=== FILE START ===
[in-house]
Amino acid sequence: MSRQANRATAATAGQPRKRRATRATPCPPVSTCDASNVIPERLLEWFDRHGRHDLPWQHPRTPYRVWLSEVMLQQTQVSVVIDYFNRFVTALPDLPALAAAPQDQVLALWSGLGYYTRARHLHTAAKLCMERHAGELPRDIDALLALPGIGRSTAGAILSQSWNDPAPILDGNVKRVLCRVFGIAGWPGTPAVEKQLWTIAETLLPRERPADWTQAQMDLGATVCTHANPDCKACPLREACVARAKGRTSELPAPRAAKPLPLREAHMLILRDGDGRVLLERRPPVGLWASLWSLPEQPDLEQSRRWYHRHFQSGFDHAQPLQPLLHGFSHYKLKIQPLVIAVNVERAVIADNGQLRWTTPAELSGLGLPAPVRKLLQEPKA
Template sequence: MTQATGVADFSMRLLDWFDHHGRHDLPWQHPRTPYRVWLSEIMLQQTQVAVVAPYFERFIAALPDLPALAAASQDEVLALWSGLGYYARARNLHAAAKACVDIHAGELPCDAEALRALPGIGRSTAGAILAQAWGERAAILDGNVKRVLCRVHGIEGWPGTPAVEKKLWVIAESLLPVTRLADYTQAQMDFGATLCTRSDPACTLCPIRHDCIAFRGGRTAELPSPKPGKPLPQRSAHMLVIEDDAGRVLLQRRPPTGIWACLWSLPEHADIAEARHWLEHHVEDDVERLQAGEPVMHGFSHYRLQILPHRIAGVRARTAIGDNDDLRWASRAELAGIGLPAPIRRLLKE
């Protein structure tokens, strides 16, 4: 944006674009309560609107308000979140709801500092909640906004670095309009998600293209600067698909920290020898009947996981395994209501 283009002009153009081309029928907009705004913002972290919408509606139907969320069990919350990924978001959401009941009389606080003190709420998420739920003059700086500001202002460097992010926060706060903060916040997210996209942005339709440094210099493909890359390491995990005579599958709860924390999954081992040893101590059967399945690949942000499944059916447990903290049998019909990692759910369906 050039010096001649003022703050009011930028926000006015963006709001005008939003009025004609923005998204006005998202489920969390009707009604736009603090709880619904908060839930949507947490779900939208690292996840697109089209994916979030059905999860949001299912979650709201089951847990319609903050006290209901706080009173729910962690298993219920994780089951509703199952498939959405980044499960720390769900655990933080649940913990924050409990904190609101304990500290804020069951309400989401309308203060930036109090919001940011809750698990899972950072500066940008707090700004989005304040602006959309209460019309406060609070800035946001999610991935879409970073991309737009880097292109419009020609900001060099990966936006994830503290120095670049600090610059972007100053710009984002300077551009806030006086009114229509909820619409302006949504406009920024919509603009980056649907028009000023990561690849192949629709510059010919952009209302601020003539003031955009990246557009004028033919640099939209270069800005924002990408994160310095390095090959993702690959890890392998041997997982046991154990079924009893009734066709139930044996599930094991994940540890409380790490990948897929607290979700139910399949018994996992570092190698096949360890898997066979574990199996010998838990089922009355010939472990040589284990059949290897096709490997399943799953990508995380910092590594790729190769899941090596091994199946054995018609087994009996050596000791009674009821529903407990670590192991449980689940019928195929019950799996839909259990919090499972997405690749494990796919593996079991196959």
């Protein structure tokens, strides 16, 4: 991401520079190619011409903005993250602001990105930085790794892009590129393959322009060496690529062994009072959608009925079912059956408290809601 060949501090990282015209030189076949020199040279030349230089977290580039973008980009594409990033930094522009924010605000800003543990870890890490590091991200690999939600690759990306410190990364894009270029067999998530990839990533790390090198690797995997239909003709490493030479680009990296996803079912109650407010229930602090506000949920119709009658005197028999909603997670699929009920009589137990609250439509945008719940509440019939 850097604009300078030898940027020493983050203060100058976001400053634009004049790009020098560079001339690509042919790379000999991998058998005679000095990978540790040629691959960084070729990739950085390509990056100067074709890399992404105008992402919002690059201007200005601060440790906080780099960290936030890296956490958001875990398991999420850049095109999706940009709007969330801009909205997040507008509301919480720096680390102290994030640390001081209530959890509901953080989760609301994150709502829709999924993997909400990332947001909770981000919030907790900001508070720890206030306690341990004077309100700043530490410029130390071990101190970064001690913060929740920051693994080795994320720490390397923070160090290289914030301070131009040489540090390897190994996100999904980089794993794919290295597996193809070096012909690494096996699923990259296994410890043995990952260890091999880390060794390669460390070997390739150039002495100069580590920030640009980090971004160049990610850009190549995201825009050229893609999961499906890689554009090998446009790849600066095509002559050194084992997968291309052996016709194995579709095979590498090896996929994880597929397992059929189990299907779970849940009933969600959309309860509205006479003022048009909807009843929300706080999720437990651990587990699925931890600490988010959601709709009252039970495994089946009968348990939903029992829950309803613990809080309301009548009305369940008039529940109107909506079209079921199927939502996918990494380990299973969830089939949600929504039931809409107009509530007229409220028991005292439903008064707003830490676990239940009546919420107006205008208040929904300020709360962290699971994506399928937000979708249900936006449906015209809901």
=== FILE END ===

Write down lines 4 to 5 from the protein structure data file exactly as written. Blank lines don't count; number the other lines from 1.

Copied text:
């Protein structure tokens, strides 16, 4: 944006674009309560609107308000979140709801500092909640906004670095309009998600293209600067698909920290020898009947996981395994209501 283009002009153009081309029928907009705004913002972290919408509606139907969320069990919350990924978001959401009941009389606080003190709420998420739920003059700086500001202002460097992010926060706060903060916040997210996209942005339709440094210099493909890359390491995990005579599958709860924390999954081992040893101590059967399945690949942000499944059916447990903290049998019909990692759910369906 050039010096001649003022703050009011930028926000006015963006709001005008939003009025004609923005998204006005998202489920969390009707009604736009603090709880619904908060839930949507947490779900939208690292996840697109089209994916979030059905999860949001299912979650709201089951847990319609903050006290209901706080009173729910962690298993219920994780089951509703199952498939959405980044499960720390769900655990933080649940913990924050409990904190609101304990500290804020069951309400989401309308203060930036109090919001940011809750698990899972950072500066940008707090700004989005304040602006959309209460019309406060609070800035946001999610991935879409970073991309737009880097292109419009020609900001060099990966936006994830503290120095670049600090610059972007100053710009984002300077551009806030006086009114229509909820619409302006949504406009920024919509603009980056649907028009000023990561690849192949629709510059010919952009209302601020003539003031955009990246557009004028033919640099939209270069800005924002990408994160310095390095090959993702690959890890392998041997997982046991154990079924009893009734066709139930044996599930094991994940540890409380790490990948897929607290979700139910399949018994996992570092190698096949360890898997066979574990199996010998838990089922009355010939472990040589284990059949290897096709490997399943799953990508995380910092590594790729190769899941090596091994199946054995018609087994009996050596000791009674009821529903407990670590192991449980689940019928195929019950799996839909259990919090499972997405690749494990796919593996079991196959």
């Protein structure tokens, strides 16, 4: 991401520079190619011409903005993250602001990105930085790794892009590129393959322009060496690529062994009072959608009925079912059956408290809601 060949501090990282015209030189076949020199040279030349230089977290580039973008980009594409990033930094522009924010605000800003543990870890890490590091991200690999939600690759990306410190990364894009270029067999998530990839990533790390090198690797995997239909003709490493030479680009990296996803079912109650407010229930602090506000949920119709009658005197028999909603997670699929009920009589137990609250439509945008719940509440019939 850097604009300078030898940027020493983050203060100058976001400053634009004049790009020098560079001339690509042919790379000999991998058998005679000095990978540790040629691959960084070729990739950085390509990056100067074709890399992404105008992402919002690059201007200005601060440790906080780099960290936030890296956490958001875990398991999420850049095109999706940009709007969330801009909205997040507008509301919480720096680390102290994030640390001081209530959890509901953080989760609301994150709502829709999924993997909400990332947001909770981000919030907790900001508070720890206030306690341990004077309100700043530490410029130390071990101190970064001690913060929740920051693994080795994320720490390397923070160090290289914030301070131009040489540090390897190994996100999904980089794993794919290295597996193809070096012909690494096996699923990259296994410890043995990952260890091999880390060794390669460390070997390739150039002495100069580590920030640009980090971004160049990610850009190549995201825009050229893609999961499906890689554009090998446009790849600066095509002559050194084992997968291309052996016709194995579709095979590498090896996929994880597929397992059929189990299907779970849940009933969600959309309860509205006479003022048009909807009843929300706080999720437990651990587990699925931890600490988010959601709709009252039970495994089946009968348990939903029992829950309803613990809080309301009548009305369940008039529940109107909506079209079921199927939502996918990494380990299973969830089939949600929504039931809409107009509530007229409220028991005292439903008064707003830490676990239940009546919420107006205008208040929904300020709360962290699971994506399928937000979708249900936006449906015209809901």